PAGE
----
Project description:Glucagon, a hormone released from pancreatic alpha-cells, plays a key role in maintaining proper glucose homeostasis and has been implicated in the pathophysiology of diabetes. In vitro studies suggest that intra-islet glucagon can modulate the function of pancreatic beta-cells. However, because of the lack of suitable experimental tools, the in vivo physiological role of this intra-islet cross-talk has remained elusive. To address this issue, we generated a novel mouse model that selectively expressed an inhibitory designer G protein-coupled receptor (Gi DREADD) in α-cells only. Drug-induced activation of this inhibitory designer receptor almost completely shut off glucagon secretion in vivo, resulting in significantly impaired insulin secretion, hyperglycemia, and glucose intolerance. Additional studies with mouse and human islets indicated that intra-islet glucagon stimulates insulin release primarily by activating β-cell GLP-1 receptors. These new findings strongly suggest that intra-islet glucagon signaling is essential for maintaining proper glucose homeostasis in vivo. Our work may pave the way toward the development of novel classes of antidiabetic drugs that act by modulating intra-islet cross-talk between α- and β-cells.
Project description:We evaluated the impact on diabetes-related intermediary traits of common novel type 2 diabetes-associated variants in the JAZF1 (rs864745), CDC123/CAMK1D (rs12779790), TSPAN8 (rs7961581), THADA (rs7578597), ADAMTS9 (rs4607103), and NOTCH2 (rs10923931) loci, which were recently identified by meta-analysis of genome-wide association data.We genotyped the six variants in 4,516 middle-aged glucose-tolerant individuals of the population-based Inter99 cohort who were all characterized by an oral glucose tolerance test (OGTT).Homozygous carriers of the minor diabetes risk G-allele of the CDC123/CAMK1D rs12779790 showed an 18% decrease in insulinogenic index (95% CI 10-27%; P = 4 x 10(-5)), an 18% decrease in corrected insulin response (CIR) (8.1-29%; P = 4 x 10(-4)), and a 13% decrease in the ratio of area under the serum-insulin and plasma-glucose curves during an OGTT (AUC-insulin/AUC-glucose) (5.8-20%; P = 4 x 10(-4)). Carriers of the diabetes-associated T-allele of JAZF1 rs864745 had an allele-dependent 3% decrease in BIGTT-AIR (0.9-4.3%; P = 0.003). Furthermore, the diabetes-associated C-allele of TSPAN8 rs7961581 associated with decreased levels of CIR (4.5% [0.5-8.4]; P = 0.03), of AUC-insulin/AUC-glucose ratio (3.9% [1.2-6.7]; P = 0.005), and of the insulinogenic index (5.2% [1.9-8.6]; P = 0.002). No association with traits of insulin release or insulin action was observed for the THADA, ADAMTS9, or NOTCH2 variants.If replicated, our data suggest that type 2 diabetes at-risk alleles in the JAZF1, CDC123/CAMK1D, and TSPAN8 loci associate with various OGTT-based surrogate measures of insulin release, emphasizing the contribution of abnormal pancreatic beta-cell function in the pathogenesis of type 2 diabetes.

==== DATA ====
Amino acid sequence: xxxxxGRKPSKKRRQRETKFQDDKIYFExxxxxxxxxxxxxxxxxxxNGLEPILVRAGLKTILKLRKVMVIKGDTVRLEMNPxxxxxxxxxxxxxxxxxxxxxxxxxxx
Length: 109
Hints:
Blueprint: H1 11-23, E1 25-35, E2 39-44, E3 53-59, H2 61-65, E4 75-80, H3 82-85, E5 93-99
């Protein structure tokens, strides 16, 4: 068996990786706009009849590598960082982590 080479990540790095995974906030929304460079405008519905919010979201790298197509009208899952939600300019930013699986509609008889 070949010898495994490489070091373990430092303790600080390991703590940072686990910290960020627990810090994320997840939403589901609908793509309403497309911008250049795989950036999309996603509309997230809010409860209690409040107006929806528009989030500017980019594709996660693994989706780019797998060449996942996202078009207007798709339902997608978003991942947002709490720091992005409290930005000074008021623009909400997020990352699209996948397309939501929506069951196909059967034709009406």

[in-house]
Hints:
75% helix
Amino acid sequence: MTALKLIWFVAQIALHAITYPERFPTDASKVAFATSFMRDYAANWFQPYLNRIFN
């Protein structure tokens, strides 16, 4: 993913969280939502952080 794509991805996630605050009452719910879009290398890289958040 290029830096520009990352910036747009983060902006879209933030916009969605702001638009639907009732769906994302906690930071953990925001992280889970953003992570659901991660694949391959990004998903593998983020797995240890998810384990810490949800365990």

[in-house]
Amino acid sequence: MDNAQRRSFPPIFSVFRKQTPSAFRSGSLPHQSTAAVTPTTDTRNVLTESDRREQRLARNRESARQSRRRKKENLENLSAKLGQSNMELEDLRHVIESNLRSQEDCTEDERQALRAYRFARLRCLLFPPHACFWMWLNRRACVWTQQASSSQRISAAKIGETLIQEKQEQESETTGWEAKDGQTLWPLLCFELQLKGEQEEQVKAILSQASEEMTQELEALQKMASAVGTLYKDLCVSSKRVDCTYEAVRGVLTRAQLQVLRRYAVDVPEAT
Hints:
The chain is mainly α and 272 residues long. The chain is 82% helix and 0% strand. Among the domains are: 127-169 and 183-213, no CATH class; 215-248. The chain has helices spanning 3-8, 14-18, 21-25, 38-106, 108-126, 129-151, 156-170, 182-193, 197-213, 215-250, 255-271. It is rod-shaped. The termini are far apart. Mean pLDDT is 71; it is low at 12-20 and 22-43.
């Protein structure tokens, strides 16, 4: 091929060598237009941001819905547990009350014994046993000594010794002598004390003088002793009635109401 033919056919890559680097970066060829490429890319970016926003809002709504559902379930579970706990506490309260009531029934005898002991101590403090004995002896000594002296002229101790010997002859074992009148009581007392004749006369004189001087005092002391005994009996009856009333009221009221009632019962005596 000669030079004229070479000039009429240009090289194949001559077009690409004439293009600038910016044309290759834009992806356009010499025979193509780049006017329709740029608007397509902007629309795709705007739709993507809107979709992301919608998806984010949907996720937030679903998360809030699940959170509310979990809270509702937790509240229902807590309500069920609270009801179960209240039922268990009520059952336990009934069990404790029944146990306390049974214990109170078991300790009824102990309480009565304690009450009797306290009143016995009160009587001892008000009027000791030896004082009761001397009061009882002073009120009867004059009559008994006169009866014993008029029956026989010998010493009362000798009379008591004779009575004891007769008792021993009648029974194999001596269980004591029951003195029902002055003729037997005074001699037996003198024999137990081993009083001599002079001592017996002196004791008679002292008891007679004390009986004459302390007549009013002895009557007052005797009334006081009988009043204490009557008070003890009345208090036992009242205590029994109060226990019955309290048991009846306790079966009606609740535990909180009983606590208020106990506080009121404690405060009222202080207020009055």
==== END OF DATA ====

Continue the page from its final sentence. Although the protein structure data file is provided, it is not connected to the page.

Project description:Developing systems to identify the cell type-specific functions regulated by genes linked to type 2 diabetes (T2D) risk could transform our understanding of the genetic basis of this disease. However, in vivo systems for efficiently discovering T2D risk gene functions relevant to human cells are currently lacking. Here we describe powerful interdisciplinary approaches combining Drosophila genetics and physiology with human islet biology to address this fundamental gap in diabetes research. We identify Drosophila orthologs of T2D-risk genes that regulate insulin output. With human islets, we perform genetic studies and identify cognate human T2D-risk genes that regulate human beta cell function. Loss of BCL11A, a transcriptional regulator, in primary human islet cells leads to enhanced insulin secretion. Gene expression profiling reveals BCL11A-dependent regulation of multiple genes involved in insulin exocytosis. Thus, genetic and physiological systems described here advance the capacity to identify cell-specific T2D risk gene functions.
Project description:Misregulated hormone secretion from the islet of Langerhans is central to the pathophysiology of diabetes. Although insulin plays a key role in glucose regulation, the importance of glucagon is increasingly acknowledged. However, the mechanisms that regulate glucagon secretion from ?-cells are still unclear. We used pseudoislets reconstituted from dispersed islet cells to study ?-cells with and without various indirect effects from other islet cells. Dispersed islet cells secrete aberrant levels of glucagon and insulin at basal and elevated glucose levels. When cultured, murine islet cells reassociate to form pseudoislets, which recover normal glucose-regulated hormone secretion, and human islet cells follow a similar pattern. We created small (?40-µm) pseudoislets using all of the islet cells or only some of the cell types, which allowed us to characterize novel aspects of regulated hormone secretion. The recovery of regulated glucagon secretion from ?-cells in small pseudoislets depends upon the combined action of paracrine factors, such as insulin and somatostatin, and juxtacrine signals between EphA4/7 on ?-cells and ephrins on ?-cells. Although these signals modulate different pathways, both appear to be required for proper inhibition of glucagon secretion in response to glucose. This improved understanding of the modulation of glucagon secretion can provide novel therapeutic routes for the treatment of some individuals with diabetes.